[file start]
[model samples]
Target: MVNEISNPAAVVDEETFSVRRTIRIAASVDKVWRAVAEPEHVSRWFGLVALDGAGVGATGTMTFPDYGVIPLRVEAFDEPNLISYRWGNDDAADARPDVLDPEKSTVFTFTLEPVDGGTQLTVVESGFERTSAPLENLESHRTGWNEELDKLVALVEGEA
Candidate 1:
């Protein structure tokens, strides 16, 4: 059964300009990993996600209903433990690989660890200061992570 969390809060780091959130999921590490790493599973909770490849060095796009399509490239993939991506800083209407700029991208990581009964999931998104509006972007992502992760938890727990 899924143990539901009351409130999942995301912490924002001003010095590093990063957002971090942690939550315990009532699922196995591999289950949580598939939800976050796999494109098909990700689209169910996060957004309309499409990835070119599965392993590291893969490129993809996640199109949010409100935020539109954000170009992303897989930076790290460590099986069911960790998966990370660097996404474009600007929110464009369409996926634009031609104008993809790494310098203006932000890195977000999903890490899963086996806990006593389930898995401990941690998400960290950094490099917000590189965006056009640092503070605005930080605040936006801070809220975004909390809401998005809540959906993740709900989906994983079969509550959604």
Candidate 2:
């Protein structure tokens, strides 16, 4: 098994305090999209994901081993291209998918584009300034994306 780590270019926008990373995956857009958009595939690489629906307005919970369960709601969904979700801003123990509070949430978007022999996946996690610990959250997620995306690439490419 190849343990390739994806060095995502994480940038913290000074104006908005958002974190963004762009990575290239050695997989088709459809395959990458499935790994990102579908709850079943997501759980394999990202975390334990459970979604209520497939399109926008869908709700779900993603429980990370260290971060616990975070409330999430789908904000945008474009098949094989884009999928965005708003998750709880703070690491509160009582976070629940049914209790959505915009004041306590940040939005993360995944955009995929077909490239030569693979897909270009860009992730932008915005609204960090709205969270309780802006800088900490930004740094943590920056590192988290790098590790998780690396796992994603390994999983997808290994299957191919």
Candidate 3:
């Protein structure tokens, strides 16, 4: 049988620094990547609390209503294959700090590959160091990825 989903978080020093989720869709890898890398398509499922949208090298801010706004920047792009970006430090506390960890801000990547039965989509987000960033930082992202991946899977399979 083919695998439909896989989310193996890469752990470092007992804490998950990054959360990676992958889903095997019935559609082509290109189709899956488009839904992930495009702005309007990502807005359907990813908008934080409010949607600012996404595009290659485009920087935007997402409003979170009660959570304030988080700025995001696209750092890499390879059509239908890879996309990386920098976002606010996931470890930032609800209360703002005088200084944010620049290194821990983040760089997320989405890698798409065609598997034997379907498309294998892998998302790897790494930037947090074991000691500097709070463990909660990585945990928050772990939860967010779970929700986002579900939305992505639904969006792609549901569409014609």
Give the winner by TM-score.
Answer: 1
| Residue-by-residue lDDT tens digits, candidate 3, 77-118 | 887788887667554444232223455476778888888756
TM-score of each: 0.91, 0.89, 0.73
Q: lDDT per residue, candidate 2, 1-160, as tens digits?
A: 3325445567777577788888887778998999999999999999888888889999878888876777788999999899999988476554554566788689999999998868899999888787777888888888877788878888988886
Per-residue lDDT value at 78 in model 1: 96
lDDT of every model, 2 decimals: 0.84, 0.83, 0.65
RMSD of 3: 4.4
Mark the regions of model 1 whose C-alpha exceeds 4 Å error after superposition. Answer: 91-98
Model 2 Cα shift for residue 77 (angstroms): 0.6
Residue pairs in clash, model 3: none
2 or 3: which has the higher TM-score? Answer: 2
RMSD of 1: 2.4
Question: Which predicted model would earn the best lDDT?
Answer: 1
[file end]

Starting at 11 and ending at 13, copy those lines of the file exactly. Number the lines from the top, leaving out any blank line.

| Residue-by-residue lDDT tens digits, candidate 3, 77-118 | 887788887667554444232223455476778888888756
TM-score of each: 0.91, 0.89, 0.73
Q: lDDT per residue, candidate 2, 1-160, as tens digits?